NFL Draft Profiles: Chiefs Need One More Tight End

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Aug 9, 2013; New Orleans, LA, USA; Kansas City Chiefs tight end

Travis Kelce

(87) against the New Orleans Saints during a preseason game at the Mercedes-Benz Superdome. The Saints defeated the Chiefs 17-13. Mandatory Credit: Derick E. Hingle-USA TODAY Sports

The NFL Draft begins four weeks from today, so we are breaking down some of the different prospects the Chiefs may have their eye on during draft weekend. Today we take a look at the tight ends in the 2014 class.

In the midst of the losses along the offensive line and the weakness of the wide receiver position, it may escaped many Chiefs fans that arguably the most important position in Andy Reid‘s offense – aside from quarterback – is the tight end position. Reid relies heavily on tight ends in both the passing and running games, using them as weapons to create mismatches against safeties and particularly unathletic linebackers. Want to create better wide receiver production? The best answer may be to draft a tight end.

Andy Reid recently spoke at NFL Coaches symposium and Mile High Report took down some notes from what Reid said. Very interesting stuff here, so I encourage you to read the who thing, but here the key quote that is relevant to what we are talking about here.

"The real change was that instead of a one tool full back it’s shifted to tight ends and H-backs who can block and receiver, the full back isn’t dead, it’s just merged with the receiving tight end. If you talk to the tight end and line coaches of the teams with the most running success they all use their tight end as an iso blocker. Doesn’t matter what scheme they run for blocking, even zone blocking. This only works with smart tight ends, if they can’t properly identify who to block, they can make it worse, but the iso blocking scheme is still alive and well, don’t be afraid to study to see if it would work with your team, discuss it with your coaches. Especially if you have two quality tight ends, this leads to an extremely flexible system that is potent as both run and pass formation."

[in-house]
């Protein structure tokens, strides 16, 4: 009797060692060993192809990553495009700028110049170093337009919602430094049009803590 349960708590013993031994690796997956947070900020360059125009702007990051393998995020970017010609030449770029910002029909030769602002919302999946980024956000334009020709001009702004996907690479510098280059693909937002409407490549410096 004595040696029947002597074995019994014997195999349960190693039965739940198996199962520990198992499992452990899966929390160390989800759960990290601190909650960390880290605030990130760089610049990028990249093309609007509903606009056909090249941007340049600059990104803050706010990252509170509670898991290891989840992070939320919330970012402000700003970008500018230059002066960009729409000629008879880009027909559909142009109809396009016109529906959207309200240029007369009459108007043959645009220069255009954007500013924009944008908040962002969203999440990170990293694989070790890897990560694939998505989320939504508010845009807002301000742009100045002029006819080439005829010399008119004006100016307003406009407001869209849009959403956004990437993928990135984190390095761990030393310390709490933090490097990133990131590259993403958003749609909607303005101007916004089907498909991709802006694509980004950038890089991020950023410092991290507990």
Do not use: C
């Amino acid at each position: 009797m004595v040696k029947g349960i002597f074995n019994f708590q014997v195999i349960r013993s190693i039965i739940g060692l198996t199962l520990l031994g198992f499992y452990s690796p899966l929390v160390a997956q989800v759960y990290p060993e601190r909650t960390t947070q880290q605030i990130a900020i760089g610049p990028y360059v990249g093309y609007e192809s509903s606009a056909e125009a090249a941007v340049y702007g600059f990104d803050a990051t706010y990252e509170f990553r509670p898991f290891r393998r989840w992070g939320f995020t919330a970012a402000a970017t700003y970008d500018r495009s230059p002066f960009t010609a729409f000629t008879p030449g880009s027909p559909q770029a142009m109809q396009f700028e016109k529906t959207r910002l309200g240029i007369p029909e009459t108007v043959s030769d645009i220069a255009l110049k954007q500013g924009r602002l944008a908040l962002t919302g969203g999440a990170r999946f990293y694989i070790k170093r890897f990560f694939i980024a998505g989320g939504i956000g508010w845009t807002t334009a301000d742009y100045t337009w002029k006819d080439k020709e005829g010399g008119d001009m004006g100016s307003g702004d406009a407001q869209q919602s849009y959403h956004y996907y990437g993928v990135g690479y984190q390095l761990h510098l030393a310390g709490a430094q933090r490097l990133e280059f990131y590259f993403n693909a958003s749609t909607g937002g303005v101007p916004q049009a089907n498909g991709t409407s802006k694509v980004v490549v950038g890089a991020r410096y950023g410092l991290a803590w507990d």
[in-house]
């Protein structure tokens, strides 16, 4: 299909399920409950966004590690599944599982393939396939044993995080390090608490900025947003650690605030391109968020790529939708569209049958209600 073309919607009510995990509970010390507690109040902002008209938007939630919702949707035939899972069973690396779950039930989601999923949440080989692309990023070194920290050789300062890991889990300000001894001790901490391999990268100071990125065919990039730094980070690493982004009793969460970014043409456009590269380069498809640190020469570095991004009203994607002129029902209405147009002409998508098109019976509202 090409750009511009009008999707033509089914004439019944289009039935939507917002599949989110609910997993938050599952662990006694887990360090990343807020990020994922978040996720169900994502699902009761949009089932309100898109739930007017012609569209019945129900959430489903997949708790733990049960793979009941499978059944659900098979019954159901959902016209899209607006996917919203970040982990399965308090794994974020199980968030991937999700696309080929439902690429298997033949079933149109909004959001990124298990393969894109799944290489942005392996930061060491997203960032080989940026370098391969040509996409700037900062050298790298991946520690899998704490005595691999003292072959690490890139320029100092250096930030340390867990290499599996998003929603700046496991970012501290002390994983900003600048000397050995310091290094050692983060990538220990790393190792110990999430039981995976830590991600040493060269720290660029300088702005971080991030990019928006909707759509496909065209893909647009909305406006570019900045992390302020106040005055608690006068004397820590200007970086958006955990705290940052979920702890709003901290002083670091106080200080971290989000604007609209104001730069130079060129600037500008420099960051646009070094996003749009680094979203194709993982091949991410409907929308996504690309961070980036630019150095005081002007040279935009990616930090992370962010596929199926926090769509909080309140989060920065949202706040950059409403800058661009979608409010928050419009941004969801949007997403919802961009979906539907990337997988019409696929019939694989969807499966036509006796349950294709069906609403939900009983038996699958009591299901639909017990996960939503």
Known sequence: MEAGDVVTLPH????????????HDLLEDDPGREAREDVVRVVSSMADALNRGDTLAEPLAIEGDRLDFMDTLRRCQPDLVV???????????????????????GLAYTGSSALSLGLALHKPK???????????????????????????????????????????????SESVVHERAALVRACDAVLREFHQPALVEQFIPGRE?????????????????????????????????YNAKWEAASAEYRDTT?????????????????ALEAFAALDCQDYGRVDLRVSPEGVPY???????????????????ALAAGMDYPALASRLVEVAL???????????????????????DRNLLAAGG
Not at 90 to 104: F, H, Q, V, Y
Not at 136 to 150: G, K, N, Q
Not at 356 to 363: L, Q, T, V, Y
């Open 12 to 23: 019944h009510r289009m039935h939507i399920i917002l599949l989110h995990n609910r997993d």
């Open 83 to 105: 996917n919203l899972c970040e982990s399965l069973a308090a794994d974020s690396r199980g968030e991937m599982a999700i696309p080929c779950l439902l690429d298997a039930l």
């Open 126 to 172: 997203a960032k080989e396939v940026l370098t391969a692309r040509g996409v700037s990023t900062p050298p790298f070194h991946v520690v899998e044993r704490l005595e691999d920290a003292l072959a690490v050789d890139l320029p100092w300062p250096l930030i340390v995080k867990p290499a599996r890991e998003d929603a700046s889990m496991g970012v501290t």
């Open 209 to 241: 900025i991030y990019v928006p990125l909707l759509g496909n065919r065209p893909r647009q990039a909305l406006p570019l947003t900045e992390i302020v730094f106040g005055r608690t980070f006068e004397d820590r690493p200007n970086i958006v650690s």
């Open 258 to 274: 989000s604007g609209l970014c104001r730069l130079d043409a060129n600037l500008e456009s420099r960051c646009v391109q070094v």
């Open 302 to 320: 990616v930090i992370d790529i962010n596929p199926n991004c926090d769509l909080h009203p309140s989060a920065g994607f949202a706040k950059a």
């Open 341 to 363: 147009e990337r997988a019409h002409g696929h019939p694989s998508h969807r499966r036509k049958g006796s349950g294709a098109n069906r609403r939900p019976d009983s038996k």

Take that quote and apply it to something Herbie Teope wrote at the beginning of the month.

"Fingers will likely continue pointing to the wide receiver production. But tight ends Fasano, McGrath, Kevin Brock, Richard Gordon and Dominique Jones combined for 53 catches for 541 yards and five touchdowns. To put that production in perspective, the last time a Reid-coached offense didn’t do well at the tight end position came seven seasons ago in 2007 when the Eagles tight ends totaled 49 catches for 522 yards and three touchdowns."

Kansas City went into the 2013 season with three tight ends: Anthony Fasano, Travis Kelce, and Tony Moeaki. Two of those three – Kelce and Moeaki – missed the entire season due to injury, and Fasano missed several games due to injury. The result was Sean McGrath playing all 16 games and starting nine of them. A position this important to the Chiefs cannot afford to be filled by a guy picked up off the street the week before the start of the regular season.

Good news is the Chiefs should see the full return of Kelce and Fasano, but the Chiefs need to add a third tight end as both insurance for the 2014 season and as a future replacement for Fasano.

Here are three things a tight end needs to be in Reid’s offense in order for him to fit within the scheme.

Smart. Pulling from the Reid quote: “This only works with smart tight ends, if they can’t properly identify who to block, they can make it worse.”

Athletic in space. Reid’s tight ends need to be weapons in the passing game. This doesn’t just mean having good hands, but being able to create mismatches against safeties and linebackers in one-on-one situations.

Balanced. It isn’t enough to just be a good receiving tight end or just a good blocking tight end. In order to be successful in Reid’s offense a tight end has to be both.

Want a good example of what we are looking for? Watch this video before moving on to the prospects. (Note: NSFW language in the video.)